I entirely agree with Graham - this is an exceptional and very satisfying issue. It includes many well-known recordings which have appeared at various times individually - the Schubert 9 and the Brahms Symphonies and Serenades, for example - but also there are little rarities - Poet and Peasant, the Radetzky March, the Magic Flute Overture (recorded for World Record Club in the 1960s) and the Ruins of Athens from an old Columbia EP, I think, all excellent, and though not very significant, very nice to have nonetheless. It is also nice to see the 'Haffner' reappear. It was originally coupled with the 'Jupiter' (also here) on an EMI LP, a performance quite recently chosen by BBC Radio 3's CD Review as the best 'traditional' performance available on CD. He was such a good conductor, often undervalued by those who like Olympic displays on the podium, but so knowledgeable and so musical, and his repertoire was huge. It was sometimes said that he never gave a bad performance (I don't quite agree with that!!), but the absolute excellence of his work at his best still takes me by surprise sometimes. Anyway, this is a fine set, and it is just that we are reminded that Sir Adrian was first and foremost a conductor in the great European tradition, not a specialist in English music (he never regarded himself as such), which is what these 11 CDS make quite clear.
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on 21 October 2012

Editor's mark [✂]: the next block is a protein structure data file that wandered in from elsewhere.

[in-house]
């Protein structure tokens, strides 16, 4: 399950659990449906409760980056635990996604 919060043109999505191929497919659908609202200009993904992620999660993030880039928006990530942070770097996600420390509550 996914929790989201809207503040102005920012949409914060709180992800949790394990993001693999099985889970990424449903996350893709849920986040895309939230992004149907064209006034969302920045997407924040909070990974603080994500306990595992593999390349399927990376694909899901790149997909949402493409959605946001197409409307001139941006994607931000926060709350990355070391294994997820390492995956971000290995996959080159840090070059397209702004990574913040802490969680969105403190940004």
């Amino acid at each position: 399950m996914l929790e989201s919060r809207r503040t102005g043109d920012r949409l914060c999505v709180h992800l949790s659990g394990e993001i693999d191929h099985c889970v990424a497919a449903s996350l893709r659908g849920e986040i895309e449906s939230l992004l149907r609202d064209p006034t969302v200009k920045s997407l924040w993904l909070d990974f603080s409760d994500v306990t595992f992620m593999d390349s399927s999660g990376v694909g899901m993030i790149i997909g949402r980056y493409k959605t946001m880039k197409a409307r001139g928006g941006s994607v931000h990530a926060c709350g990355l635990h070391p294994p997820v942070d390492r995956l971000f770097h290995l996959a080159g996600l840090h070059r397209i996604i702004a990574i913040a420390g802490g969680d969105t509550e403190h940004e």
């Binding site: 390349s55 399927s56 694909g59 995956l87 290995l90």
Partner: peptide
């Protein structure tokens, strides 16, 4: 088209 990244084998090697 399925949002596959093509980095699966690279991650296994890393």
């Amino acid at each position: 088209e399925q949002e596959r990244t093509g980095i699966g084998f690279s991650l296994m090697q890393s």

This is quite the most significant CD purchase I have made in a very long time. I am old enough to remember being present when Sir Adrian conducted Brahms 1st Symphony in Edinburgh's Usher Hall. At that time I was in the process of developing a deep and lasting love for the Brahms symphonies but struggled, for some reason, with the 1st. That evening Sir Adrian shed light for me on this most magnificent work and I have loved it ever since. His recordings of all four symphonies are to be treasured.

Not for him the acrobatic performances of many conductors (some of them very great conductors it must be said) but Boult, with his long baton, moved nothing beyond the wrist but drew from an orchestra the most glorious sounds. He was never among the ranks of those who could conduct Swan Lake and dance it at the same time!

Purists may baulk at the Bach, despite the venerable presence of David Munrow. Boult himself clearly suffered from no such misgivings and, personally, I love these Brandenburgs.

The Wagner is a revelation, as is the Mozart and everything else on these 11 discs. At a much higher price this set would be worth the money: at the price set by Amazon it is a veritable bargain!